When Henry Young moved to Georgia, he saw a need. And through his work with telemedicine in rural communities, he’s finding a way to meet it.
“My work is really centered on working collaboratively with patients and different stakeholders in addressing real-world problems, coming up with solutions to those problems, implementing those solutions, and measuring the outcomes of it,” he said. “I’m trying to identify needs that are coming from the community and implement things that can hopefully provide solutions to some of those problems.”
Young, Kroger Associate Professor and head of the College of Pharmacy’s clinical and administrative pharmacy department, is one of the recipients of the 2022 President’s Fulfilling the Dream Award. This award, presented at the annual Martin Luther King Jr. Freedom Breakfast, celebrates and recognizes students, faculty, staff and community members in Athens that work to fulfill the legacy of King through service and outreach.
“Of all the forms of inequality, injustice in health is the most shocking and inhuman,” Young said during the virtual event. “Dr. Martin Luther King Jr. made this poignant statement in 1966, and while we have made great inroads in revision of health care for all of our citizens, 55 years later, we still have much to do. My work and research here at the University of Georgia has given me the privilege of working with community members to help them engage with one another and collaborate with health care providers to work toward better health outcomes. I am extremely grateful to UGA, President Morehead and the President’s Fulfilling the Dream Award committee for the recognition of this work. From the bottom of my heart, I thank you.”
Young was already passionate about health care in minority, rural and underserved populations when he came to UGA. When he joined the New Faculty Tour, coordinated by the Office of the Vice President for Public Service and Outreach, that’s when ideas started to form. The tour allowed him to not only see and experience parts of the state, but also to connect and engage with other faculty and staff members. In fact, it was during the tour that he connected with Michelle Elliott and the Archway Partnership. That led to a fellowship that allowed Young to research the health needs in those communities. Most recently, Young received a $900,000 USDA grant to develop a telemedicine program for rural Georgians.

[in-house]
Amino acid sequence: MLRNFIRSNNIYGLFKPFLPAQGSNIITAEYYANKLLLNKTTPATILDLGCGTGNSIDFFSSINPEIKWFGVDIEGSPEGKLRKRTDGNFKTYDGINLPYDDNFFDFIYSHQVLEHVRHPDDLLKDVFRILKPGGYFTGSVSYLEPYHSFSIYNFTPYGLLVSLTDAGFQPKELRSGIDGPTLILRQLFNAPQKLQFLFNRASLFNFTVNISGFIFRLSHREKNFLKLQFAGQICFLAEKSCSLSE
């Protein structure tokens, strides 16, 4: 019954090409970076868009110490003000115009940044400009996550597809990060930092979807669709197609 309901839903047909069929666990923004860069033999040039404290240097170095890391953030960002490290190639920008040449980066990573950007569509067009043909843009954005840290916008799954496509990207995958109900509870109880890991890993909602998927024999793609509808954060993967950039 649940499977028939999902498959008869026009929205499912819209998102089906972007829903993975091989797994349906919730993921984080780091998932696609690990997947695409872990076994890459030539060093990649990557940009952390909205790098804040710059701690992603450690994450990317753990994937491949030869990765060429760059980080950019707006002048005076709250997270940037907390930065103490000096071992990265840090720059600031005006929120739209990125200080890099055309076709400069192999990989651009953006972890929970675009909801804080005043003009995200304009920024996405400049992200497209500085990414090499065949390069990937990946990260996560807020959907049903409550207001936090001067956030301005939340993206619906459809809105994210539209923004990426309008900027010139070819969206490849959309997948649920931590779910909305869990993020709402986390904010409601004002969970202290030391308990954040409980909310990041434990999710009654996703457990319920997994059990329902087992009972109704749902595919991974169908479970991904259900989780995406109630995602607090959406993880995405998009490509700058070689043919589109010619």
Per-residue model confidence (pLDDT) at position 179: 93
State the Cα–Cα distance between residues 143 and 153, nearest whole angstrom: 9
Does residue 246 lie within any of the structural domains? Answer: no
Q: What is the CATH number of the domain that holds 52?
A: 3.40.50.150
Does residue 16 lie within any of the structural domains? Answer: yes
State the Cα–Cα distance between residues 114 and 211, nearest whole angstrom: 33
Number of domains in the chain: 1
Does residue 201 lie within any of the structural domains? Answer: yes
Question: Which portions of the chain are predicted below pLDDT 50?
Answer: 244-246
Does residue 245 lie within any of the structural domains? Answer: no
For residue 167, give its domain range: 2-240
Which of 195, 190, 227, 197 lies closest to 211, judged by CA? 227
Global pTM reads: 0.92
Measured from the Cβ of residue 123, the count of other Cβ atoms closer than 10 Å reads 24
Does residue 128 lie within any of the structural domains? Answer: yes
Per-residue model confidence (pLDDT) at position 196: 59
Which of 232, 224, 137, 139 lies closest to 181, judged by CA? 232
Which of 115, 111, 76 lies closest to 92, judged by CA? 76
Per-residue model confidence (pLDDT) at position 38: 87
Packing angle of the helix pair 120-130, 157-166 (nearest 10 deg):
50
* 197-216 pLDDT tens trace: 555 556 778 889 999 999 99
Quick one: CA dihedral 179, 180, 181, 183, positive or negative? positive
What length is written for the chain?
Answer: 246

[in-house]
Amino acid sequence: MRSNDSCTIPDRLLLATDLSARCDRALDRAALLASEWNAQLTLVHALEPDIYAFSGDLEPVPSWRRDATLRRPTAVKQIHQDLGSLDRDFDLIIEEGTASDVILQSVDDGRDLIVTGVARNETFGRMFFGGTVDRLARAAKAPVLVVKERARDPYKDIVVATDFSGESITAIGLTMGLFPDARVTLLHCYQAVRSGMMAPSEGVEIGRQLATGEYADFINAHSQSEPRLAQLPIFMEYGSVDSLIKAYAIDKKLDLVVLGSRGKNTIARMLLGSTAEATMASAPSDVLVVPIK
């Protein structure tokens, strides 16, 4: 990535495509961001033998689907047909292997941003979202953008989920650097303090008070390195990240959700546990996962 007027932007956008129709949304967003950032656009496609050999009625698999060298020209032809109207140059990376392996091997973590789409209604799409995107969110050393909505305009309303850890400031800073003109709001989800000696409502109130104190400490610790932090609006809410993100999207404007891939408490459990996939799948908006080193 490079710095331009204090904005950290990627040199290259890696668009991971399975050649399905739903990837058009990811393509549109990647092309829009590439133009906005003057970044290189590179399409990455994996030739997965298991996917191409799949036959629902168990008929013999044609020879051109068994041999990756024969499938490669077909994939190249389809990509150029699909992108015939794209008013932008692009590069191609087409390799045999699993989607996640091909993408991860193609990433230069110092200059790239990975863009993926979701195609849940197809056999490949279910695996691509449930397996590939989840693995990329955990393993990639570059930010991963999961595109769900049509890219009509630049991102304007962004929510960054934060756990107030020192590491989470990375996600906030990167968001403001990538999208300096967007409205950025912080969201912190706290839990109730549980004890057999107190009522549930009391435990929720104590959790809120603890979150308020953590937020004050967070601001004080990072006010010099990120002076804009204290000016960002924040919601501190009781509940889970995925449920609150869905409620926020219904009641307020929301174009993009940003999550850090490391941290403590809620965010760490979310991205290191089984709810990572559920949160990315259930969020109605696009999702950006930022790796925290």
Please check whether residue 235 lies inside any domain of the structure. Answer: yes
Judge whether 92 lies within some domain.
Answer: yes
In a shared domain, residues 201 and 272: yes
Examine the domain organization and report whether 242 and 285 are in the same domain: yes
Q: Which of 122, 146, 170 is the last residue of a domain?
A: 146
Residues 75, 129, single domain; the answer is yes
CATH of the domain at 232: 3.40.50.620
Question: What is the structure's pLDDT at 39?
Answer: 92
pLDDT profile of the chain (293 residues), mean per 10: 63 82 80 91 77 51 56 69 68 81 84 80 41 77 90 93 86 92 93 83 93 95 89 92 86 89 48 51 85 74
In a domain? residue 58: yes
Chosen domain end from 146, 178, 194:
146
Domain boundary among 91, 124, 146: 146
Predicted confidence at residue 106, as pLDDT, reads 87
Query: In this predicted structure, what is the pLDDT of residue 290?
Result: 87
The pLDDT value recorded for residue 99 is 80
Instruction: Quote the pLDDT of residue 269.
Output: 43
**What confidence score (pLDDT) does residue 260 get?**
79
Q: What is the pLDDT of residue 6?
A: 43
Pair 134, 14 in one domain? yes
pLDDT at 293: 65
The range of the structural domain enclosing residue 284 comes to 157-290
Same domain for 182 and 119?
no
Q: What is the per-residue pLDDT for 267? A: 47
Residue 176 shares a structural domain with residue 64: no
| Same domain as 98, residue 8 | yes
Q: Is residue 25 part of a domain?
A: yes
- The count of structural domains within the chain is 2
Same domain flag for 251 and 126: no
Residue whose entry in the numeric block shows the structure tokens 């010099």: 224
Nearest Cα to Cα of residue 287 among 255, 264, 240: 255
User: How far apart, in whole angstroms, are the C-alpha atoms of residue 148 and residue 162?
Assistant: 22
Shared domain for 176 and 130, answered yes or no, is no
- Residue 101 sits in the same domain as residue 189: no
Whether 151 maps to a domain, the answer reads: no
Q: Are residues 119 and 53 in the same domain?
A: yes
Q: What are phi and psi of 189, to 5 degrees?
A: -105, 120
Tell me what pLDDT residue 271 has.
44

“My whole idea is how do we help patients use medications safely and appropriately to achieve the things they want to achieve,” said Young, who is director of the Pharmaceutical Health Services, Outcomes and Policy Program. “There are a lot of different barriers in health care. Folks might have a lack of access to receive care, so how do we bridge that lack of access? Telehealth presented an opportunity to try to help overcome a barrier that patients had to receiving care.”
One project already making a significant impact is Fishers of Men, a project created with funds from the Kroger Professorship and Georgia Clinical and Translational Science Alliance. He sought to implement a community health worker model in a rural, African American community. The idea was to identify key stakeholders at local churches to serve as community health advocates—liaisons to help community members improve self-management of chronic diseases. Now, they’re creating a telehealth network through those churches, with help from UGA Archway Partnership, in and around Pulaski County. The project includes flat-panel screens, computers, internet connectivity and more.
Young hopes to soon complete the installation of a telehealth network and measure its effectiveness. He also plans to use this program as a model to potentially help mitigate other medical concerns such as medication management and substance abuse.
Young also has worked with the School of Social Work, the College of Public Health and the College of Family and Consumer Sciences, but his collaborations extend beyond his research. He is the current board chairperson of the Athens Neighborhood Health Center, and he served on the Presidential Task Force on Race, Ethnicity, and Community and as past president of the Black Faculty and Staff Organization.
“One of the things we’re learning from all of the different challenges that we’re seeing in the world today, especially around health, is that they’re multifaceted, and it’s going take a multidisciplinary approach to address those needs,” he said. “It takes talking with colleagues and bringing in diverse experiences and expertise to come up with solutions to address these problems. I see collaboration as an opportunity to address all of the different parts of multifaceted problems.”
While Young’s work certainly moves King’s dream forward, he also believes that’s something anyone can do.
“Do something,” he said. “Don’t just sit back. If you see injustice out there, if you see problems out there … you’ve got to do something. Sometimes you might fail, but that’s OK. You learn from that failure, and what you learn helps you.”